I learned from the example of Ecuadorian workers in flower farms that Fair Trade can make a difference for farm workers. I also know that banana workers in Fair Trade farms in Colombia have used Fair Trade as a tool to improve their lives. I have met workers who finished high school, completed technical programs and even went to college with the support of Fair Trade premium. Several workers have also been able to own a house for the first time with support of Fair Trade. Although Fair Trade is much more than community development projects, talking with those workers one can tell that Fair Trade has supported significant and transformational change for them, their families and communities.
Analyzing those two successful situations where Fair Trade has been able to provide a significant positive impact for farm workers, there are a couple of lessons that we could apply for coffee:
– Strict standards – standards need to protect workers, especially in those areas where they might be more vulnerable (application of pesticides, potential accidents, extra hours, minimum wages, right to organize, etc). Standards also need to create opportunities for partnerships between workers and management
– Training, training and training – farm workers in Ecuador received a lot of training that helped them to work together in a more effective way, to identify their most important needs in a participatory and inclusive way, to select and implement community projects with the Fair Trade premium, to understand their rights under the law and under Fair Trade and to effectively negotiate and achieve better working conditions in partnership with the farm management.
– Close support to workers – training is not enough. In the case of Ecuador, those workers received external support to understand their rights and what they could or needed to do. Organizing general assemblies where all workers participate and provide ideas is a big task; however, receiving the right support and coaching can make a big difference for workers and make Fair Trade more effective
– Open-minded management – in the cases of Ecuador and Colombia, progressive management that respects workers and is open to explore partnership opportunities that benefit both workers and the farm has been a key component of these successful stories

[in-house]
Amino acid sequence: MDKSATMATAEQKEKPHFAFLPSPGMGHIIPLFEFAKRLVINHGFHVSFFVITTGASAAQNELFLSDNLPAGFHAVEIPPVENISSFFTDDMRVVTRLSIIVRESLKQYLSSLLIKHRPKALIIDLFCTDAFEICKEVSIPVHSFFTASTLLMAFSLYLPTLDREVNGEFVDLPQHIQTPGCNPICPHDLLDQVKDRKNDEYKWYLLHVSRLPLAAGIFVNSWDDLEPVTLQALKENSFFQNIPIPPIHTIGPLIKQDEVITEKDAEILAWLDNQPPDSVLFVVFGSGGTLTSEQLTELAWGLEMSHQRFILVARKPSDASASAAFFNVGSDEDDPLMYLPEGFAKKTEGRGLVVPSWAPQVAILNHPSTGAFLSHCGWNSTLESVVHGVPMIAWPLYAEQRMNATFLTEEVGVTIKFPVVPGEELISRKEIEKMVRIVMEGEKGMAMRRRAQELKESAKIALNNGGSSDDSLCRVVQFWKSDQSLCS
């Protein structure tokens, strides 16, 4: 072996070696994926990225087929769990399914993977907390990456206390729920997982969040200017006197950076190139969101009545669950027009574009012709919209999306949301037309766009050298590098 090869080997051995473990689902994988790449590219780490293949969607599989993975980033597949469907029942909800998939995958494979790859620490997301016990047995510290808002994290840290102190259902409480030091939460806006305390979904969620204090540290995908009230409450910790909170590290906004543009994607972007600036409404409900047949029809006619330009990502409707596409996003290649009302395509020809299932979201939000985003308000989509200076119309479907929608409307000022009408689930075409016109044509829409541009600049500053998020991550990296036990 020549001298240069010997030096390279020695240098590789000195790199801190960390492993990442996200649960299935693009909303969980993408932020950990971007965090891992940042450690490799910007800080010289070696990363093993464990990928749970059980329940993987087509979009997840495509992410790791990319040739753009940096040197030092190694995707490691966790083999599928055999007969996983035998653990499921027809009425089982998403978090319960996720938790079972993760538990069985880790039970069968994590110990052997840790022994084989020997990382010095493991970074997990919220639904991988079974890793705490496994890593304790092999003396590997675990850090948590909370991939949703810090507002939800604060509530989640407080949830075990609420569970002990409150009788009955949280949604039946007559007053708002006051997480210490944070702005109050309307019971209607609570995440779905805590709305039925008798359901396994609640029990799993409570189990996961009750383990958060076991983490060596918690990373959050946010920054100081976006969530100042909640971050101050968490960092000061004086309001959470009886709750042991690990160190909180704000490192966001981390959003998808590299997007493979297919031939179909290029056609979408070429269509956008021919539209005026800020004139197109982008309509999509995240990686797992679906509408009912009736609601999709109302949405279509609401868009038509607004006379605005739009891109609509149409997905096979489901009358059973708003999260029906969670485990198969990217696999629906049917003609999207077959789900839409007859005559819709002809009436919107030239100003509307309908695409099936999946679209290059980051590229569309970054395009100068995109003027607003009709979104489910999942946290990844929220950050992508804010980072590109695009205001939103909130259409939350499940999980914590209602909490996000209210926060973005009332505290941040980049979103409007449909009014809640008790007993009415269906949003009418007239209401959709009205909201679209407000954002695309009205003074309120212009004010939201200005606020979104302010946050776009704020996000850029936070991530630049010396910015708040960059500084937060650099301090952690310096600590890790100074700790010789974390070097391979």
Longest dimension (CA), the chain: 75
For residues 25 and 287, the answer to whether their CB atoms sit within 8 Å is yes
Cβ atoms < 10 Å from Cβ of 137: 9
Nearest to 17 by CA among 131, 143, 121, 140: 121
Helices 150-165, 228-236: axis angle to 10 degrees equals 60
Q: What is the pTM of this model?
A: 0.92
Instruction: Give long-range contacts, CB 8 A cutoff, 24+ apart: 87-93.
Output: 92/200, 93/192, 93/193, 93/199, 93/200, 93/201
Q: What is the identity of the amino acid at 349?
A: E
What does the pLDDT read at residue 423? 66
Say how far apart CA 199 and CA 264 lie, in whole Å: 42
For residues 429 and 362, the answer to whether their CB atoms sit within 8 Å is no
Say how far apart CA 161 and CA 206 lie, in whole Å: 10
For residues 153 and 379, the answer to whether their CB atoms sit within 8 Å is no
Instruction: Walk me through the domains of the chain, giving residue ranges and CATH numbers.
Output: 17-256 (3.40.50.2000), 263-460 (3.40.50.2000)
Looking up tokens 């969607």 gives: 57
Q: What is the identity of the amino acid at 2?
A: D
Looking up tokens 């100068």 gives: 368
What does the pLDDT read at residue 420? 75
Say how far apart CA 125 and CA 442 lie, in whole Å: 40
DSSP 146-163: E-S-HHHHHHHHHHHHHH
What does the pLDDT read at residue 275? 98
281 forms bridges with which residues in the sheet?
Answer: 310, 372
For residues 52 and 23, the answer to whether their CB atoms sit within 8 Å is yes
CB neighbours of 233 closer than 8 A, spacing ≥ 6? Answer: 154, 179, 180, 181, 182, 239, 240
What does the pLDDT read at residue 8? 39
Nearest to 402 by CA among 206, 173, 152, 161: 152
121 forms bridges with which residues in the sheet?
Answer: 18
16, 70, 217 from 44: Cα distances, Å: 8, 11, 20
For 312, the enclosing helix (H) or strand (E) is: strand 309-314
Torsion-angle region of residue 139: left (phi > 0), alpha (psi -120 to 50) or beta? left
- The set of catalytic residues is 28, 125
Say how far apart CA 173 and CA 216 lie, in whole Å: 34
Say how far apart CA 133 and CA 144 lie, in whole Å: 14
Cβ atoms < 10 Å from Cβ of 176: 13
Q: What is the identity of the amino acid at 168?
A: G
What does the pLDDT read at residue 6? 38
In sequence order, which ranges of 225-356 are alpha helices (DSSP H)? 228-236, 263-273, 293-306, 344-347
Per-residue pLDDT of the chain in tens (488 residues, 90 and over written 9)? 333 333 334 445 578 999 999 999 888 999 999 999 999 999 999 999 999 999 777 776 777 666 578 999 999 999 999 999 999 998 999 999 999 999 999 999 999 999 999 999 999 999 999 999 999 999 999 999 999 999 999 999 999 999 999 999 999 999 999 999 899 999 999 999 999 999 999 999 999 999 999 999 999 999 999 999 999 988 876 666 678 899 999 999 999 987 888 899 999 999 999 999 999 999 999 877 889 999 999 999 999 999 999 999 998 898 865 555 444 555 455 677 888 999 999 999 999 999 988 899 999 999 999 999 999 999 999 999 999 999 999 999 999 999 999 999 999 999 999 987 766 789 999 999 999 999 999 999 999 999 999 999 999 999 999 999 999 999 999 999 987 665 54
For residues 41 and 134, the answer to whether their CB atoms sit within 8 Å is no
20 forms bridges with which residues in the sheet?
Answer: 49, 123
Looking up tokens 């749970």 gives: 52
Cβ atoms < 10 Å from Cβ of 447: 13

– Sales – farms need to sell a good portion of their product in Fair Trade terms in order to generate enough benefits to workers and farmers. In the case of bananas, for some farms in Colombia this percentage has been over 60% and the results have been impressive. In the case of Ecuador, in those farms that at least 15% of their flowers have been sold in Fair Trade terms, workers have been able to achieve significant impact. The certification is only the first step. Healthy sales in Fair Trade terms facilitates sustainable supply chains in the long term
– A progressive union – in Colombia, the local union has done a remarkable job supporting and training workers and improving working conditions. The union achieved this by working with the farm management more than fighting it. Having both management and unions open to dialogue and cooperation has made a huge difference in Colombia. In Ecuador, where there is not a strong presence of unions in the flower sector, workers committees in Fair Trade farms have been able to work, negotiate, and partner with management directly.
These are some of the lessons my colleagues, partners and I are trying to incorporate in the work we are beginning to do with farm workers in coffee. We hope to replicate the success that Fair Trade has in other products in order to create a more sustainable alternative for farm workers and farmers but also for consumers who want a more sustainable and fair cup of coffee.